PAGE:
Should adenosine test be performed systematically at the end of atrial fibrillation ablation procedure?

Fernando M. Contreras-Valdes, Elad Anter*

*Corresponding author for this work

Research output: Contribution to journalReview articlepeer-review


Pulmonary vein (PV) reconnection is a major limitation of atrial fibrillation (AF) ablation and is a significant contributor for arrhythmia recurrence, particularly in patients with paroxysmal AF. Recent technological advances, including the use of steerable sheaths and force sensing catheters resulted in reduced incidence of PV reconnection; however its incidence remains unacceptably high. Additional efforts to reduce pulmonary vein reconnection include the use adenosine to detect dormant PV to left atrial (LA) electrical conduction as well as identification of non-PV triggers. While this strategy is associated with an increased detection rate of reconnection that can be further targeted with ablation, its effect on long-term arrhythmia control is controversial. Still, adenosine-induced PV reconnection appears to be an independent predictor of arrhythmia recurrence despite additional ablation. We favor its use in patients with paroxysmal AF as an additional step for risk stratification and prediction of arrhythmia recurrence.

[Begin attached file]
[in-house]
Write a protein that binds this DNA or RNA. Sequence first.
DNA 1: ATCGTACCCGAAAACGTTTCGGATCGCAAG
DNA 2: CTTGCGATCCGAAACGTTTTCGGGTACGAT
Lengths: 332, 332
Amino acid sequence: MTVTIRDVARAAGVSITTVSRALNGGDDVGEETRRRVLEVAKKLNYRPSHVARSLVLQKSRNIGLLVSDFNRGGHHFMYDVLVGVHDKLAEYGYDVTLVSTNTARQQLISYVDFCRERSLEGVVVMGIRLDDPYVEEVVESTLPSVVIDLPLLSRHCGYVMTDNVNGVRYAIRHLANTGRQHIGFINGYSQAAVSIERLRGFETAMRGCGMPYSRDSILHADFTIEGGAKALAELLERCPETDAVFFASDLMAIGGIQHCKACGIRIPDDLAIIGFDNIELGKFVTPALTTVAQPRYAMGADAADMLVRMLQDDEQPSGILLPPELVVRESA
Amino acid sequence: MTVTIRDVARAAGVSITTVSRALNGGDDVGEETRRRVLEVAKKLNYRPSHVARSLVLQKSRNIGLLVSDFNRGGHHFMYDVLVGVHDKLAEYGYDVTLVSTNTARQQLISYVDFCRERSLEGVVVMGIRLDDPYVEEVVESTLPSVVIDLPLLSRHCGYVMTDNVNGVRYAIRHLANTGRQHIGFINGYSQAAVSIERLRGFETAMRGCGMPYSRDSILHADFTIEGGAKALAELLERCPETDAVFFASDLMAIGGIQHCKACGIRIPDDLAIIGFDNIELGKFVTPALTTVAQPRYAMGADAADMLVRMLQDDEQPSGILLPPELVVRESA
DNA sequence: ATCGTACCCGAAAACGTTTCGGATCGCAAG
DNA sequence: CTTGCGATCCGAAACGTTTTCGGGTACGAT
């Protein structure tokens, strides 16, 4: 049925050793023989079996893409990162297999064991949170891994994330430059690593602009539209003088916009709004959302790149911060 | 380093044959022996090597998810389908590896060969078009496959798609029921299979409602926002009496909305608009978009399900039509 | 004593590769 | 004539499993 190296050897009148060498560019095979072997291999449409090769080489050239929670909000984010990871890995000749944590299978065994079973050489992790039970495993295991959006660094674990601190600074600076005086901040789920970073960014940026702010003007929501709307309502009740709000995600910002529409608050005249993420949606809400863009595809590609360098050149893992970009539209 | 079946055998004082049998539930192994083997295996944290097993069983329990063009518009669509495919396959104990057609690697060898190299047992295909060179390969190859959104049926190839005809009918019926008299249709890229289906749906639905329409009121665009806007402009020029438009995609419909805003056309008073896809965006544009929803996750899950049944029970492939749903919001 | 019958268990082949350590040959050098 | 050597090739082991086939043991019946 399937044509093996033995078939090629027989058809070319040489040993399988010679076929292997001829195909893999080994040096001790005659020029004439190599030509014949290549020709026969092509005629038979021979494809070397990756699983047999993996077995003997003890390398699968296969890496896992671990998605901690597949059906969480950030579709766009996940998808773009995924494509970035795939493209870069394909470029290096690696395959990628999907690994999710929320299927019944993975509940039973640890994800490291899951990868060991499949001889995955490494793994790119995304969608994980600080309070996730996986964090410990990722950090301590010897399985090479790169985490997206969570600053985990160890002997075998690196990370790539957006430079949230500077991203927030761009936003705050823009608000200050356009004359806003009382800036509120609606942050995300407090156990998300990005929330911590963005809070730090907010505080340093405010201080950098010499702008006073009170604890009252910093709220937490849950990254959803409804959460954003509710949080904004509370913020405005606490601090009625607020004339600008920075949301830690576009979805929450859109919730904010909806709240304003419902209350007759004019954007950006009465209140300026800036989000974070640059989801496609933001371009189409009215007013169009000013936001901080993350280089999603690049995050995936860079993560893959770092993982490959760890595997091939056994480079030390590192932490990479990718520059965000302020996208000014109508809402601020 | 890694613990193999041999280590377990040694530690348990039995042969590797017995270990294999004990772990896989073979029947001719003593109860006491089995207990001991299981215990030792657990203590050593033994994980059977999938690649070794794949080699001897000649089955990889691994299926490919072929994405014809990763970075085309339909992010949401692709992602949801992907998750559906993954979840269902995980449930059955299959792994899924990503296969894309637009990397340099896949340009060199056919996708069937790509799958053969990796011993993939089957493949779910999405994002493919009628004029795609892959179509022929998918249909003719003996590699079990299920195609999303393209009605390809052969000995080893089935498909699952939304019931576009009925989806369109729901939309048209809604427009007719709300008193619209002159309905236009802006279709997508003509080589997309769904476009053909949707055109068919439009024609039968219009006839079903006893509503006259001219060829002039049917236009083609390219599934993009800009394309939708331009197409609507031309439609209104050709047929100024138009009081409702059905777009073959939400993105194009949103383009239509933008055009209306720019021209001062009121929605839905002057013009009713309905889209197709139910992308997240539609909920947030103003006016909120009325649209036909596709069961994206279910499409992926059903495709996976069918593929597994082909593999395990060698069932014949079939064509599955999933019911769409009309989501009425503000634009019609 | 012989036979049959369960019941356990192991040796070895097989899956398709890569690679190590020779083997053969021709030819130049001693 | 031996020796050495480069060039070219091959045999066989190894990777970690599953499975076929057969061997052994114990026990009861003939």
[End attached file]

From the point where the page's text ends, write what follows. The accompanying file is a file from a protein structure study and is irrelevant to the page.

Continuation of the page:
Original languageEnglish
Pages (from-to)85-91
Number of pages7
JournalJournal of Atrial Fibrillation
Issue number4
StatePublished - 1 Dec 2014
Externally publishedYes


  • Adenosine
  • Atrial fibrillation
  • Catheter ablation
  • Dormant conduction
  • Reconnection
  • Recurrence


Dive into the research topics of 'Should adenosine test be performed systematically at the end of atrial fibrillation ablation procedure?'. Together they form a unique fingerprint.

Cite this